Phishing scams are at the top of cyber criminals’ moneymaking lists. It’s disconcerting that the important data of organizations such as Sony are under threat from phishing scams. But unlike the widespread notion, these scams affect small enterprise owners as much as they affect the big corporations.
Over 300,000 complaints were filed in 2010 to the Internet Crime Complaint Center, a partnership between the National White Collar Crime Center and the FBI. These complaints were from small businesses and individuals wronged by online phishing scams and a variety of other Internet related crimes.
Understanding what phishing is will help you identify what makes your small business so appealing to cyber criminals.
What is phishing?
What does “phishing” mean? Phishing is the attempt to access private data, such as financial information, usernames, and passwords. This is accomplished by making false websites, graphics, email accounts, and phone numbers. The subject is persuaded, by one method or another, to reveal these types of data that may be used to steal their identity (social security numbers are a popular target). For small businesses, phishing scams may attempt to get access to customer credit card information.
Examples of small business phishing scams
Thousands of small business owners have been sent emails by an organization using incredibly realistic IRS-looking letters stating that W-4 forms or other additional forms must be filled out and returned via fax. This frightened many owners into believing they would be audited or penalized by the IRS for not handling the issue immediately. Unfortunately, they were fake emails and these companies were tricked out of their private information.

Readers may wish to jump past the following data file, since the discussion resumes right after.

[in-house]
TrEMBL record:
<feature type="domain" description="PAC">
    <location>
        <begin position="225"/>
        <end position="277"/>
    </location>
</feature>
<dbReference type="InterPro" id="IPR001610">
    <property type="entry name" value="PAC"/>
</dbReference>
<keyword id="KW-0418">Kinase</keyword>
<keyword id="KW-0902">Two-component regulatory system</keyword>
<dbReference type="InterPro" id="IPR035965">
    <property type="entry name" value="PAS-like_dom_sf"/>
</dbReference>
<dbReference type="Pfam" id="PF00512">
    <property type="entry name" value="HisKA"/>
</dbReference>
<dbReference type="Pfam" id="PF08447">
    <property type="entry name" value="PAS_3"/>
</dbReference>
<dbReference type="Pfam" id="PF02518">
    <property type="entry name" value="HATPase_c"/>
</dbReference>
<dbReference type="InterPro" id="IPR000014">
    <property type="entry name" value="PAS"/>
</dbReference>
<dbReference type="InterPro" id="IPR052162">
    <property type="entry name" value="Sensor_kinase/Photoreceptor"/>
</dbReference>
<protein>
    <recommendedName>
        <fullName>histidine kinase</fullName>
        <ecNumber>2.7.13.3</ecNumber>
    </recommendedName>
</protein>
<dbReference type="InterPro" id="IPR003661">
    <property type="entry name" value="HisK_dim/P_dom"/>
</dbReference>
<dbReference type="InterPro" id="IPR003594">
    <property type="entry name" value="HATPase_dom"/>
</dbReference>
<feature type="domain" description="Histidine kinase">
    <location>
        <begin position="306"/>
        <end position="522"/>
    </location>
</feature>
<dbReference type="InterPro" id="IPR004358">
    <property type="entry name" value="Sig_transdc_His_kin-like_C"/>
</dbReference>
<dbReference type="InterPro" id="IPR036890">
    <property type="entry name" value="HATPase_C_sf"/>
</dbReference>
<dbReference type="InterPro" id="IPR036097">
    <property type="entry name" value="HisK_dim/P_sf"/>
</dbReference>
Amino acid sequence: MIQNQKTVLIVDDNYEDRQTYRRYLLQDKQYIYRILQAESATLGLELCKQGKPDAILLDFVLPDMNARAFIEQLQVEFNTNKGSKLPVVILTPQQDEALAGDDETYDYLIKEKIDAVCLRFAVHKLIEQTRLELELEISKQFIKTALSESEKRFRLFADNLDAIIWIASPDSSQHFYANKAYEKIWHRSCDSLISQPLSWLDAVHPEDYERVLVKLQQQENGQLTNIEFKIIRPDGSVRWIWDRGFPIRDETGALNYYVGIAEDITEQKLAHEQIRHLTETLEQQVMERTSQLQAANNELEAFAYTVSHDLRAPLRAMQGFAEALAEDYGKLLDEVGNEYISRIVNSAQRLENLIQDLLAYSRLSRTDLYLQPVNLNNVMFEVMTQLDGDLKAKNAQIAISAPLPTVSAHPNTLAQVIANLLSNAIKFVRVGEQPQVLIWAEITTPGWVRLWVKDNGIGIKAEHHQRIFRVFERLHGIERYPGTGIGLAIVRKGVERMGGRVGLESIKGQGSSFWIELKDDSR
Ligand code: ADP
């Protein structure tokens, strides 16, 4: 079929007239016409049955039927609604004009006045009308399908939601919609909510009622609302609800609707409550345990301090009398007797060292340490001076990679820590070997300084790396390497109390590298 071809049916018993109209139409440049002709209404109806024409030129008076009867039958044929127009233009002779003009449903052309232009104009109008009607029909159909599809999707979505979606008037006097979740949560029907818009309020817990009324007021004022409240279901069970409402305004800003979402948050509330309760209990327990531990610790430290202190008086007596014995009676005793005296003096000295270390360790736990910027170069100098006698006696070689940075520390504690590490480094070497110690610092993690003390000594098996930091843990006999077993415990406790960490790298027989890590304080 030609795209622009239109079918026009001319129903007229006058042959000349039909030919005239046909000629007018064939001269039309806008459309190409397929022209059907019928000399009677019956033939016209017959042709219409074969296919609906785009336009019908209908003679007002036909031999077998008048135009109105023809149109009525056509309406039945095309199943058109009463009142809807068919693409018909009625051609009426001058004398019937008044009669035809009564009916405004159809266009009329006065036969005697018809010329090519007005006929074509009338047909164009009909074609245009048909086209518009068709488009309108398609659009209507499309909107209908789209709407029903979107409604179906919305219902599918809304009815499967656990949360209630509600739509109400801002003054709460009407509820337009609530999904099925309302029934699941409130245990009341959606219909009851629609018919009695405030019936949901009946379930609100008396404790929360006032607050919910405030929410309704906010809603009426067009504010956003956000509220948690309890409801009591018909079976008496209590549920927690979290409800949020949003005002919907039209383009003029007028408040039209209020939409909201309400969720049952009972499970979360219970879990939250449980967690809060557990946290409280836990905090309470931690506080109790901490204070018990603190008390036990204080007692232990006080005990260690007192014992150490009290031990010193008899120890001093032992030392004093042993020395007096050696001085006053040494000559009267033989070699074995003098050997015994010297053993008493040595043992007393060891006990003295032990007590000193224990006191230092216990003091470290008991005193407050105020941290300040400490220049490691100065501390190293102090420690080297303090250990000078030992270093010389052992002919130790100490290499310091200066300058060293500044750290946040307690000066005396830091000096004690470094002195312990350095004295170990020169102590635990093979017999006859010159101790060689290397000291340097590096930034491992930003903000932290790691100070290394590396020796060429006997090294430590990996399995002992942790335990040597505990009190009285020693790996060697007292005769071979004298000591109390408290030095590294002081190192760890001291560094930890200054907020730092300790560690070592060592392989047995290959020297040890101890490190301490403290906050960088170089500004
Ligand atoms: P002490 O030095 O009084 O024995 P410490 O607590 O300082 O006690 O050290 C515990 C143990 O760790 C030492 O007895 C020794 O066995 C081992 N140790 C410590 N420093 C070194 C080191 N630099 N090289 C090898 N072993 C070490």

The IRS states on it’s website at IRS.gov, that it will not initiate any contact by email and that you should never click any links on an email sent to you asking you to send anything to the IRS.
Your company email can be a target
Thieves can gain access to a business by targeting a particular individual by sending them deceitful emails that conveys a professionally sincere image. Most of the time these emails will contain a computer virus or malware. It has the ability to infect a company’s entire network, which allows thieves to gain access to confidential data.
Beware that there are also “Phone phishing scams”, in which someone claiming to be from a bank, for instance, might ask you to call and verify your account.
How to protect your business against phishing
Visiting the Anti-Phishing Work Group will give you sound advice to safeguard your business against phishing scams and gives you valuable information on how to avoid becoming a victim. Some of their advice follows, such as:
- Make sure your employees are aware of what phishing scams are, and are cautious when reading and responding to suspicious emails. Always err on the side of caution. Instead of clicking a link, open another browser window and go to the official website.
- Never give out company financial information such as bank routing numbers to an inquiry made via email. Your bank does not need you to confirm your account information…they already have that. An email like that even if it has your bank’s logo is a fake. Make it a habit to check your accounts regularly for suspicious charges and withdrawals.
- Make sure every computer used has up-to-date virus and malware protection. Schedule regular full system scans. Never download “anti-virus” software from an unknown entity. It’s better to stick with trusted brands.
The best way to protect oneself and colleagues from these scams is to be aware of the methods one can use to identify a scam and stay on top of the latest news on the issue. Contact us today to find out how we can offer your company top data protection strategies.